Earlier this year I was part of a group of artists who were taken on a walking tour of the barracks building at Willow Court in New Norfolk, Tasmania, 35 km south of Hobart. Our visit centred around the barracks building, which is the oldest remaining part of the Willow Court Asylum Complex – a historical site even older than the well-known former convict settlement of Port Arthur.
I walked the stone surface of the verandah, listening to stories of the people who had lived and worked there and walked this way before me. We were shown some of the traces they left behind: a dip worn into a window-sill where kitchen knives were sharpened, and fragments of writing made by a past inmate on some of the sandstone walls. It became clear to me that this place has a nuanced and complex history, viewed in many different ways by many different people who went there both willingly and unwillingly. A place of healing and a place of suffering, a home and a place of incarceration, a site of struggle, and a place of learning.
With this artwork I represent the shifting perspectives from which the history of Willow Court can be viewed, and the difficulty and confusion of trying to mesh and make sense of it all. I imagine people following the stone walkways, trying to navigate their way through the light and the dark. Behind it all is the weeping willow tree, which has rich symbolic meaning for many cultures, including flexibility, survival, and following complex paths to spirituality and healing.
I am making this artwork as part of my participation in the Willow Court 2021 Project with Hunter Island Press. This will culminate in an art exhibition at Willow Court from the 8th to the 30th of January 2022, with print sales and artist talks.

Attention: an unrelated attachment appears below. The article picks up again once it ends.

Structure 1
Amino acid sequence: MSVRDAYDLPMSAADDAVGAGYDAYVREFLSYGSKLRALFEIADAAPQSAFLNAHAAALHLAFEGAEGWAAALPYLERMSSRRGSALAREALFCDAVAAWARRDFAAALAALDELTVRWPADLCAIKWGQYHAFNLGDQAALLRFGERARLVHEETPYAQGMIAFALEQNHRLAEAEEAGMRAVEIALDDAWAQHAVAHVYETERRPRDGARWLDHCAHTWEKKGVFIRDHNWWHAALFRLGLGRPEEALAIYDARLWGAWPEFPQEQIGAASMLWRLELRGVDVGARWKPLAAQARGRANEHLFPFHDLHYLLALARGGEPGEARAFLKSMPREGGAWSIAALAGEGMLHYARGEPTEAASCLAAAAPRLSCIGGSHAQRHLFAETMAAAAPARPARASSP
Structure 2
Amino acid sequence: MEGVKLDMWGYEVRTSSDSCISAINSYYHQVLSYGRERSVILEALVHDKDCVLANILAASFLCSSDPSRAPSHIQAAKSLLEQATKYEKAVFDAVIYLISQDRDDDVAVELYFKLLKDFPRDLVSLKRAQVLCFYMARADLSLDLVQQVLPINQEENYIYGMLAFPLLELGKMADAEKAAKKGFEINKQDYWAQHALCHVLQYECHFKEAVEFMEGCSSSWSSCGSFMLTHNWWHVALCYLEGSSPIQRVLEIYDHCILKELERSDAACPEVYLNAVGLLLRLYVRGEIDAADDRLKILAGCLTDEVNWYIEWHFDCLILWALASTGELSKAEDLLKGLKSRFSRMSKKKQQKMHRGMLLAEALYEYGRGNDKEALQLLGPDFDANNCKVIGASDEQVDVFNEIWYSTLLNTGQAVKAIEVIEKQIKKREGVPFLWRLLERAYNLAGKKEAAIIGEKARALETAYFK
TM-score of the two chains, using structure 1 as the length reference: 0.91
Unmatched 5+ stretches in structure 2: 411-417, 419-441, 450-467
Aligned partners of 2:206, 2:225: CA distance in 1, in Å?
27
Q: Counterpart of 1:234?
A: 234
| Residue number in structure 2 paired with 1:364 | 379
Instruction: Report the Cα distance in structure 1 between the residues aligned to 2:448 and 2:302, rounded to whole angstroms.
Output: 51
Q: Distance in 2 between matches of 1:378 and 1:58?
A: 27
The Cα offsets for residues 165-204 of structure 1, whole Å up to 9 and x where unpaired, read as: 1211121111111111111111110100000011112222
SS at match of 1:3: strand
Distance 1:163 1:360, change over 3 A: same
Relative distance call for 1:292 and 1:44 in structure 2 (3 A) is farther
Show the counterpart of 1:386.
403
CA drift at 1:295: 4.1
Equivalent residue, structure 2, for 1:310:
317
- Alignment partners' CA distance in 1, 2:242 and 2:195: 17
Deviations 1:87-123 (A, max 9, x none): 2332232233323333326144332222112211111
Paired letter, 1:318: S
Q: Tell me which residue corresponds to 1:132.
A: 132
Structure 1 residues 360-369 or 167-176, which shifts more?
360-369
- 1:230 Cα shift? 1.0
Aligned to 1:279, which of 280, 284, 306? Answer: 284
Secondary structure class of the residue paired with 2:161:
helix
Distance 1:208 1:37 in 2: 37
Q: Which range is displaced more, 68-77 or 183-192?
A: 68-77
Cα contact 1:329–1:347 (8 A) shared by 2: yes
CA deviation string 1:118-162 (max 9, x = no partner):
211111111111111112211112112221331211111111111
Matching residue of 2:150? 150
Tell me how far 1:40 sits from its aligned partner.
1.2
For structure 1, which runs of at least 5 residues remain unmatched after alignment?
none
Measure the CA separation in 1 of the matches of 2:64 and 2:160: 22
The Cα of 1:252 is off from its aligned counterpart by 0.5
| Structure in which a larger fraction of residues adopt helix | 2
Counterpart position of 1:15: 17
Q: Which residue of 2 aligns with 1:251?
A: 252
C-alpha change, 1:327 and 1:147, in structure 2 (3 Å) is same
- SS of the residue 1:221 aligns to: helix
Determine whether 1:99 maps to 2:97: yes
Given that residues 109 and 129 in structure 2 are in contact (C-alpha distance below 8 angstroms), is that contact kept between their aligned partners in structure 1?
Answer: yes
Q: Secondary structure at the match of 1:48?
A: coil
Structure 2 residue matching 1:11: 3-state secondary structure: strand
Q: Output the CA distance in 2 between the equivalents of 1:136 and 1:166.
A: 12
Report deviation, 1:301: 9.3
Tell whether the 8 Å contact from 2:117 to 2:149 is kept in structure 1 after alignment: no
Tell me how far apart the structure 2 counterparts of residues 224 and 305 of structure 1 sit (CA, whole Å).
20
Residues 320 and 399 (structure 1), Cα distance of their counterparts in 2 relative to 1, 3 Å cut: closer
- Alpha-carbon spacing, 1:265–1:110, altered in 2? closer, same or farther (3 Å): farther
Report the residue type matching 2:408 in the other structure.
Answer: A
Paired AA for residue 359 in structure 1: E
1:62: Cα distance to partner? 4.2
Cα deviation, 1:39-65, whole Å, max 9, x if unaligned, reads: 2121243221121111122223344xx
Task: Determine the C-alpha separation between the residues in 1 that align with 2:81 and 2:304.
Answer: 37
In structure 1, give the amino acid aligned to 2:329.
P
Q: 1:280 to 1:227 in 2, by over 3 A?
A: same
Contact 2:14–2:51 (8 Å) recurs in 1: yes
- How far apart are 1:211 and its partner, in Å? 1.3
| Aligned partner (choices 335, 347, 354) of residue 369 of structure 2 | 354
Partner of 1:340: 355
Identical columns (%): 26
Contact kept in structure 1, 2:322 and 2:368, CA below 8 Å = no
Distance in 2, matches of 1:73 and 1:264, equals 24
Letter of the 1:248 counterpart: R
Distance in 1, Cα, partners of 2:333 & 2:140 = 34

This snapshot shows one of the three verandahs that surround the courtyard of the barracks building at Willow Court, taken on the day of the walking tour.
I spent a fair bit of time trying to work out a plan for this artwork, aiming for an Escher-like play with perspective using the Willow Court verandas. The handrail is actually a straight line that runs through both perspective views.
I have designed this artwork for two printing stages. This image shows an inked block ready for printing the mid-tone layer One.
So far so good. I decided it was ok to have the sun shining in two directions at once – one for each perspective!
The block is inked and ready for the second and final layer.
Finished! I’m happy as this has pretty much the effect I was aiming for. It was interesting how very different the drawing for this artwork was. In this case I needed to create all the forms with only two colours and white, with no extra colours created through overlap. Quite different from my normal approach, but it was refreshing to try something new.